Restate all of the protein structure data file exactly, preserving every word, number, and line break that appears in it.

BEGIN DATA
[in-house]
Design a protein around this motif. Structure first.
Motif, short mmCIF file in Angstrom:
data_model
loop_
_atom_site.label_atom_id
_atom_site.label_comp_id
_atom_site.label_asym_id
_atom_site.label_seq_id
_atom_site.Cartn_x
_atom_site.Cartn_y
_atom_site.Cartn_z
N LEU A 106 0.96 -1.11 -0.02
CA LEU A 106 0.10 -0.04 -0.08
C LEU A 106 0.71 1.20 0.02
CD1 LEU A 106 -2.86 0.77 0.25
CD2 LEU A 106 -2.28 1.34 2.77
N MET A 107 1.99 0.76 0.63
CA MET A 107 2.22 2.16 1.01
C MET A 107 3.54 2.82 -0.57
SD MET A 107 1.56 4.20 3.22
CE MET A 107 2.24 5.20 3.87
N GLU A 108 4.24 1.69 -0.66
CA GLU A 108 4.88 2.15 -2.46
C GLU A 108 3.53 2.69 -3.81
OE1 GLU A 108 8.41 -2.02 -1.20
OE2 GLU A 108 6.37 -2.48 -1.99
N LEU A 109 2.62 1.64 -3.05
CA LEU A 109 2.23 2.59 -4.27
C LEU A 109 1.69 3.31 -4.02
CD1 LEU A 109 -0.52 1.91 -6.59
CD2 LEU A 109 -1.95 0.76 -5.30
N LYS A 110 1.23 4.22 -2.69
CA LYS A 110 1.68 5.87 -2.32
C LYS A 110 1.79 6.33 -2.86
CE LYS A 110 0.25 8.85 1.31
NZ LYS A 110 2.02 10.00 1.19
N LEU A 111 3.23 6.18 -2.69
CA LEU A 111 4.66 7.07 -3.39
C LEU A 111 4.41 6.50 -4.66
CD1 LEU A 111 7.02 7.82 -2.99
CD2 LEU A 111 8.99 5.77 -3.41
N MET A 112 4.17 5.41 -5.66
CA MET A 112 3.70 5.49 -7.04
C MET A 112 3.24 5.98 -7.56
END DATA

[in-house]
Design a protein around this motif. Structure first.
Motif, short mmCIF file in Angstrom:
data_model
loop_
_atom_site.label_atom_id
_atom_site.label_comp_id
_atom_site.label_asym_id
_atom_site.label_seq_id
_atom_site.Cartn_x
_atom_site.Cartn_y
_atom_site.Cartn_z
N LEU A 106 0.96 -1.11 -0.02
CA LEU A 106 0.10 -0.04 -0.08
C LEU A 106 0.71 1.20 0.02
CD1 LEU A 106 -2.86 0.77 0.25
CD2 LEU A 106 -2.28 1.34 2.77
N MET A 107 1.99 0.76 0.63
CA MET A 107 2.22 2.16 1.01
C MET A 107 3.54 2.82 -0.57
SD MET A 107 1.56 4.20 3.22
CE MET A 107 2.24 5.20 3.87
N GLU A 108 4.24 1.69 -0.66
CA GLU A 108 4.88 2.15 -2.46
C GLU A 108 3.53 2.69 -3.81
OE1 GLU A 108 8.41 -2.02 -1.20
OE2 GLU A 108 6.37 -2.48 -1.99
N LEU A 109 2.62 1.64 -3.05
CA LEU A 109 2.23 2.59 -4.27
C LEU A 109 1.69 3.31 -4.02
CD1 LEU A 109 -0.52 1.91 -6.59
CD2 LEU A 109 -1.95 0.76 -5.30
N LYS A 110 1.23 4.22 -2.69
CA LYS A 110 1.68 5.87 -2.32
C LYS A 110 1.79 6.33 -2.86
CE LYS A 110 0.25 8.85 1.31
NZ LYS A 110 2.02 10.00 1.19
N LEU A 111 3.23 6.18 -2.69
CA LEU A 111 4.66 7.07 -3.39
C LEU A 111 4.41 6.50 -4.66
CD1 LEU A 111 7.02 7.82 -2.99
CD2 LEU A 111 8.99 5.77 -3.41
N MET A 112 4.17 5.41 -5.66
CA MET A 112 3.70 5.49 -7.04
C MET A 112 3.24 5.98 -7.56